Free to Screw Up?
Just six days ago a young woman stood before me clutching her Bible and smiling broadly. I’m pretty sure that tears of joy were filling her eyes, but the lack of slumber and saturation of coffee may have caused my mind to imagine things that weren’t actually there. In any case what I am sure of are the words that came pouring from her grin laden mouth: “I get it now… I am free to screw up.”
The title of this blog and the assertion of this young women have very differing affects on the whole of Christianity. The fundy fellows, of which I was once a part, would rise quickly to squash the joy in our sister and remind her that she must never, ever, EVER think that way. We are free to follow Christ, (though for some that freedom is the very anti-thesis of the definition of the word) not free to screw up. For a whole separate battalion of Christians the phrase from our sister would be seen as anti-nomian (against the law) liberation and they would wrap their arms of misunderstood grace about her shoulders and lead her to lawlessness. I nor she are advocating either.
We had just spent three weeks marching through the apostle Paul’s diatribe exposing the nasty nature of the human heart. Each week Paul went further until, as we identified last Sunday, he comes out like the little girl in the famed tale The Emperor’s New Clothes and heralds to all of humanity, “Your supposed robes of self-righteous…they don’t exist! You are naked. You don’t have any hope in yourself. STOP clinging to illusion. All you need is need. All you must have is nothing.” The point of Romans 1:18 through 3:20 is to drag all people kicking and screaming to see the universality of sin and the utter helplessness of humanity to remedy the situation. There is very little hope expressly stated in this onslaught against humanity, though the passage in context reflects back to chapter 1:16-17 and points forward to 3:21-26 (the passage we’ll be tackling at BLDG 28 this coming Sunday). However, each of the past three Sundays as we have wrapped down these “outing us” texts I have pointed folks to the hope that is found is God’s covenantal love for His people and His sovereign grace that pardons and promotes us.
The young lady that came to me Sunday is newer to the faith but is beginning to understand the gravity of Romans 3:20 where Paul declares: “by the works of the law no flesh will be justified.” Modern translation for a new believer: I thought Christianity was all about rules but it’s not. It’s all about Jesus and He covers me with His blood declaring me right. Therefore, I don’t have to live in condemnation trying to be “good enough” because Jesus is better than good enough and has been better than good enough on my account. So I get to live for Him.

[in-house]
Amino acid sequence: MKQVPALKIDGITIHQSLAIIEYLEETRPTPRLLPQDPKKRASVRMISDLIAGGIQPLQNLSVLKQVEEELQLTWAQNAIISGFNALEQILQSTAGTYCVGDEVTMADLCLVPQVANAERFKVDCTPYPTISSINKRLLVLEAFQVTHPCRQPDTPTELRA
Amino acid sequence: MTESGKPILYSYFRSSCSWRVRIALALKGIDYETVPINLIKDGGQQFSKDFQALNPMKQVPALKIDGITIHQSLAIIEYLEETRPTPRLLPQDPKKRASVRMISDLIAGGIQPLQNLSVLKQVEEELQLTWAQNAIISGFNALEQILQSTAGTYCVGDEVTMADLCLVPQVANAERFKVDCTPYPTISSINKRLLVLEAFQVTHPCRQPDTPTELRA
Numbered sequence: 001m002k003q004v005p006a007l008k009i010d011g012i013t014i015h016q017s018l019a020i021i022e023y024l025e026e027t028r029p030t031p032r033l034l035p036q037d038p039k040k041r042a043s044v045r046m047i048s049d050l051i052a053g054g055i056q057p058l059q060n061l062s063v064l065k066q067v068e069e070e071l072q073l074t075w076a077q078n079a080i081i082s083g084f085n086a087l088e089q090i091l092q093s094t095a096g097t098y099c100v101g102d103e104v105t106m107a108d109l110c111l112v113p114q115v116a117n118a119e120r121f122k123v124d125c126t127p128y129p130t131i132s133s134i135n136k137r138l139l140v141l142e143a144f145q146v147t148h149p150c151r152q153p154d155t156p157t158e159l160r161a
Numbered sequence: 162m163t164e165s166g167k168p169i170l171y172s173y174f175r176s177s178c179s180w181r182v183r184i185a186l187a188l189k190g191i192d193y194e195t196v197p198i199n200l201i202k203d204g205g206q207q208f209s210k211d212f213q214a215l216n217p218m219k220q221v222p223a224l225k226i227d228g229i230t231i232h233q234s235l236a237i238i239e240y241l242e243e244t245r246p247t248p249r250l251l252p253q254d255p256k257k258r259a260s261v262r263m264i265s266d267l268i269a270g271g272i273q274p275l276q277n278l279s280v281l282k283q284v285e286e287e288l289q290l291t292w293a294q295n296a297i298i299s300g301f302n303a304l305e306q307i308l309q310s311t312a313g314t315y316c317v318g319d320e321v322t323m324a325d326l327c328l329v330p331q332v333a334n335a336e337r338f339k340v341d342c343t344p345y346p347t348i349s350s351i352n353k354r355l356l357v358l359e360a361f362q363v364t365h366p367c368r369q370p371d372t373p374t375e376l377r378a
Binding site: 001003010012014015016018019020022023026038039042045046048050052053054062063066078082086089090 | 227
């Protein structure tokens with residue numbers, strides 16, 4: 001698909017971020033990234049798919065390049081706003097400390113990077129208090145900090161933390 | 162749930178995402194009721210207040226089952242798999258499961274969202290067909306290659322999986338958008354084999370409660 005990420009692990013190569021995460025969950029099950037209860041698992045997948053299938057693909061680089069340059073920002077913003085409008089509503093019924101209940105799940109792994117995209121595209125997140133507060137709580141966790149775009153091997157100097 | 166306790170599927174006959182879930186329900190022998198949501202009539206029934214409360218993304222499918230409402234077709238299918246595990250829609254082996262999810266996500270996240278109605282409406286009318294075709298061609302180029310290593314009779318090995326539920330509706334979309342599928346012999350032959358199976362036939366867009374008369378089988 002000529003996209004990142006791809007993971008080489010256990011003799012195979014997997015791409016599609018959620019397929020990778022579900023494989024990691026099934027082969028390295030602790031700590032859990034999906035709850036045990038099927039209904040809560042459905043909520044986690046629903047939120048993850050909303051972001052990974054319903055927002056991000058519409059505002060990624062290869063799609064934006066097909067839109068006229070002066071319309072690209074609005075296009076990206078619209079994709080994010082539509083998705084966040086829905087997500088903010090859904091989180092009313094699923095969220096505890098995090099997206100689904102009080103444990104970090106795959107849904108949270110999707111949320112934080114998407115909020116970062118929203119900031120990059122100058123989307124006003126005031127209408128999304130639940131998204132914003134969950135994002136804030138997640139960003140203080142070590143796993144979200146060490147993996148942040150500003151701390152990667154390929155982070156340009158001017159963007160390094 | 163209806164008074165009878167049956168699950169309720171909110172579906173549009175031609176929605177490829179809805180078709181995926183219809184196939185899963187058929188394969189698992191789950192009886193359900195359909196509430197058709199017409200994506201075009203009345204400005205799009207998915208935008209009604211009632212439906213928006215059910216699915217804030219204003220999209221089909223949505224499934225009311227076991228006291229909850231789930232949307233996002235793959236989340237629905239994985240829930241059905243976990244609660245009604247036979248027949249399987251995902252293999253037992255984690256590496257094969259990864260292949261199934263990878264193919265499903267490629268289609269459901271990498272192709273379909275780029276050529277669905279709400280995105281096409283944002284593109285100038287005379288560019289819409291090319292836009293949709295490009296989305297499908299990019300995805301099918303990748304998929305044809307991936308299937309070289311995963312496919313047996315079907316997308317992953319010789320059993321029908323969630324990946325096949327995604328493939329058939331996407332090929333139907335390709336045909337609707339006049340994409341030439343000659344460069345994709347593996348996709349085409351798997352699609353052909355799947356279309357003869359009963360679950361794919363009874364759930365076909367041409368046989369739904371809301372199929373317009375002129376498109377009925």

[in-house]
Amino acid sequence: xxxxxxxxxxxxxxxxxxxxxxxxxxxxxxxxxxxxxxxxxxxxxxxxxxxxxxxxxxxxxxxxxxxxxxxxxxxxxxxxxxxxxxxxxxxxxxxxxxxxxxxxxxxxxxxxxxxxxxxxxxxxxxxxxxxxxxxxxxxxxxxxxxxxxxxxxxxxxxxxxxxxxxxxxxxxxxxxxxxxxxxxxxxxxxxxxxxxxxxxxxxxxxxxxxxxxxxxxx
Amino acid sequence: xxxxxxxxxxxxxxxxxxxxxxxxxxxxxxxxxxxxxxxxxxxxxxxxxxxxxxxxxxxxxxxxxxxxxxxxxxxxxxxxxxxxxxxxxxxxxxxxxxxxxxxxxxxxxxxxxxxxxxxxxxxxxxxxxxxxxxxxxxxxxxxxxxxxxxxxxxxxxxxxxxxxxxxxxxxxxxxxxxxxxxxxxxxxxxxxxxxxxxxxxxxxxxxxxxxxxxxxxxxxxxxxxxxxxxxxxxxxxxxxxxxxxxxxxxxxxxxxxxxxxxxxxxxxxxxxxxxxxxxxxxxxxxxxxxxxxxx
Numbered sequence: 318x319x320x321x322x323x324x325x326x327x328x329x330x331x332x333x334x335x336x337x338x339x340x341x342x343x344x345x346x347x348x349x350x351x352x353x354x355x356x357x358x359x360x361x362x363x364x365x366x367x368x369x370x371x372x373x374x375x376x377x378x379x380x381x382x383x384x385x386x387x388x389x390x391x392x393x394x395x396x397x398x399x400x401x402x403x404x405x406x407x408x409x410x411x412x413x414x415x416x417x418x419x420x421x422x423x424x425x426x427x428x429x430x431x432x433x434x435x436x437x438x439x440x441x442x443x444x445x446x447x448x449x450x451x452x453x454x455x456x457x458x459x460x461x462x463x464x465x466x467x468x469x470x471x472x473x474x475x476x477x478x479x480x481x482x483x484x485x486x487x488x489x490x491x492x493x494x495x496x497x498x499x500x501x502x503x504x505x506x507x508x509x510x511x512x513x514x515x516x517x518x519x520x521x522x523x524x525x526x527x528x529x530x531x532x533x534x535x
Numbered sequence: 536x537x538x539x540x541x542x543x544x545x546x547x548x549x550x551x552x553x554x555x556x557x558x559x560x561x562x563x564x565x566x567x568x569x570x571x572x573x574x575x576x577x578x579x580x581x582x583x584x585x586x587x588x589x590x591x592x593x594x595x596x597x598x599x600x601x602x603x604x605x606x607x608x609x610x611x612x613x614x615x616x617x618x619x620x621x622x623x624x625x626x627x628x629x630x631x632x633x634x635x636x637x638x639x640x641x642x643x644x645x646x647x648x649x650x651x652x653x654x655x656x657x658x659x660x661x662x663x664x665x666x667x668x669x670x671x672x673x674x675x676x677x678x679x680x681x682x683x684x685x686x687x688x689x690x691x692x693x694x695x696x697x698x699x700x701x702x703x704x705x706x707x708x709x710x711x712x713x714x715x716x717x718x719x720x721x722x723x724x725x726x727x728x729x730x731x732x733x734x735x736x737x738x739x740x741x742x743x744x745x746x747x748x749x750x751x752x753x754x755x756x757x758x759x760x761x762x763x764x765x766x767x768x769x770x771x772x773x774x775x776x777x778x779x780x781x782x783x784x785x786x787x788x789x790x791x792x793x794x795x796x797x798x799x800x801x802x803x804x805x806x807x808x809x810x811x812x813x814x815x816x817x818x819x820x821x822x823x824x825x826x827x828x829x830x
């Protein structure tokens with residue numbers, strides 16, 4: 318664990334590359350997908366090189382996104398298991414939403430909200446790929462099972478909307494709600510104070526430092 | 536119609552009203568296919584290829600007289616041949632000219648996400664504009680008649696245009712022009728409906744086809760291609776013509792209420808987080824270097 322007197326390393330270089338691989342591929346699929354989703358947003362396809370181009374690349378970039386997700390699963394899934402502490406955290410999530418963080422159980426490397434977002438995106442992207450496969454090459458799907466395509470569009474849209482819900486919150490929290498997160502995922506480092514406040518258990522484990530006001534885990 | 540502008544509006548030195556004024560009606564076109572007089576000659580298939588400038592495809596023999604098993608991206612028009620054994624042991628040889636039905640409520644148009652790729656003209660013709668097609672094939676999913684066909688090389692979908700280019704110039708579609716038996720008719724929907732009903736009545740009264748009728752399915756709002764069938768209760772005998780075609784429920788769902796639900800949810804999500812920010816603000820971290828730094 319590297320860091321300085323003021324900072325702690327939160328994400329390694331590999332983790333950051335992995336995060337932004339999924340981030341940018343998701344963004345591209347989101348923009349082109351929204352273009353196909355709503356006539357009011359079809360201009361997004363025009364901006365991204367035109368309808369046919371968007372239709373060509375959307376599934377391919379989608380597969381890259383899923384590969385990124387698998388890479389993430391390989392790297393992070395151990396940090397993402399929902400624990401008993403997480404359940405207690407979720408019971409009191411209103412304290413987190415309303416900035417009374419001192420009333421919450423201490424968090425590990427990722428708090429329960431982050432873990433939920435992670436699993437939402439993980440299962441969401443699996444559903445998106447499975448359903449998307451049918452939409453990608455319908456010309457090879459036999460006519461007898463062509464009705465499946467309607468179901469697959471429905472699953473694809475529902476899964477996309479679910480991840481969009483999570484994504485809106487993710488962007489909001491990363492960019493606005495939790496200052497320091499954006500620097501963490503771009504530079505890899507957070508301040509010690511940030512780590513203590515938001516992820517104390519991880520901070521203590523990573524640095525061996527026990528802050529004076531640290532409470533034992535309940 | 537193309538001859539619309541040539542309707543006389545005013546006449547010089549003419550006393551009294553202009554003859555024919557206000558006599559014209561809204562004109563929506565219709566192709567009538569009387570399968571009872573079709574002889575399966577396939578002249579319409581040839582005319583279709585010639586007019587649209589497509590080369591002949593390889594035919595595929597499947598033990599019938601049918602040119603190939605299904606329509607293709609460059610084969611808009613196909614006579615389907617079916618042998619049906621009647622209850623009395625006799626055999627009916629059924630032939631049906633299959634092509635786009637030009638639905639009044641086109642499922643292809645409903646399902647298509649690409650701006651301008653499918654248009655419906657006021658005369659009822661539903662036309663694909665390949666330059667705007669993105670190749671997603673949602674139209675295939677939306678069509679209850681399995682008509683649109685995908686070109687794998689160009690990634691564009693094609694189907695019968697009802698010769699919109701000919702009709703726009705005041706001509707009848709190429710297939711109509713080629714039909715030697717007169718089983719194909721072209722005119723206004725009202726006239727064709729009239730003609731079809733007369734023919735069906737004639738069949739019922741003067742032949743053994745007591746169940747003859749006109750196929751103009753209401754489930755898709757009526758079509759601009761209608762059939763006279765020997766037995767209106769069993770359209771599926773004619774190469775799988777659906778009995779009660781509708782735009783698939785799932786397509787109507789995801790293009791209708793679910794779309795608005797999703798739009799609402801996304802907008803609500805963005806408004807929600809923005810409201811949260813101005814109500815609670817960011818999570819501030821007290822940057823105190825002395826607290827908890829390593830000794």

Ok, so maybe she didn’t say all of that; but she did follow up her initial statement with the clarification: “I mean, I know I shouldn’t screw up because I want to please him, but…” she paused, “this is so freeing.” Then she rattled off a list of vices that she had relinquished because she loves Jesus.
I’ll attempt to be really clear (cause I know some folks are just waiting to torch the anti-nomian tattooed pastor): the Gospel is not liberation to “screw up” without thought to how this offends God (and it was pretty clear to me that this is not what she was saying). The Gospel, rather, is liberation from the requirements of the law because Jesus took our sin, absorbed God’s wrath, and wiped our slates clean. Therefore, when I sin, which let’s be honest, will happen (and that doesn’t make it ok), my sin is not credited to me thereby condemning me before God. Instead, my sin that I commit today, and the sin I commit tomorrow has already been credited to Christ “who became sin so that we might be made the righteousness of God in Him” (2 Corinthians 5:21). This alien righteousness is mine through Christ by faith alone. Many protestants today pride themselves on embracing intellectually and theoretically the doctrine of Justification by grace alone through faith alone; but it is far different to believe this truth doctrinally than it is to believe it practically. The young lady on Sunday was simply attesting to the reality that so many pastors and theologians claim today – justification is more than a dusty doctrine…it is the motive for sanctification (living for Jesus).
In a letter to his friend and colleague Philip Melancthon, the German Reformer Martin Luther wrote: “If you are a preacher of Grace, then preach a true, not a fictitious grace; if grace is true, you must bear a true and not a fictitious sin. God does not save people who are only fictitious sinners. Be a sinner and sin boldly, but believe and rejoice in Christ even more boldly. For he is victorious over sin, death, and the world.” Luther was not saying that we should possess a brazen nature to sin to our hearts’ satisfaction. Rather, He was saying to his pal that sin separates us from God until Jesus steps in, and that no manner of sinning less is going to aid in the bold Christ-accomplishing work of Justification.
So, should we keep on sinning crazily because grace has relieved us of eternal consequence. “Heck no!” Paul says (my paraphrase) in Romans 6:1. We live out of the reality of Christ obeying the commands of Scripture because Jesus is better (not to remain uncondemned). Are we “free to screw up,” though, in the sense of realizing that this journey began and will find resolution in Christ and nothing will be held against the children of God (because it’s already been held against Jesus). Most definitely. Our hope is not in the perfection of our conduct but in the accomplishment of His cross. Therefore, let’s live not from our guilt but from His grace.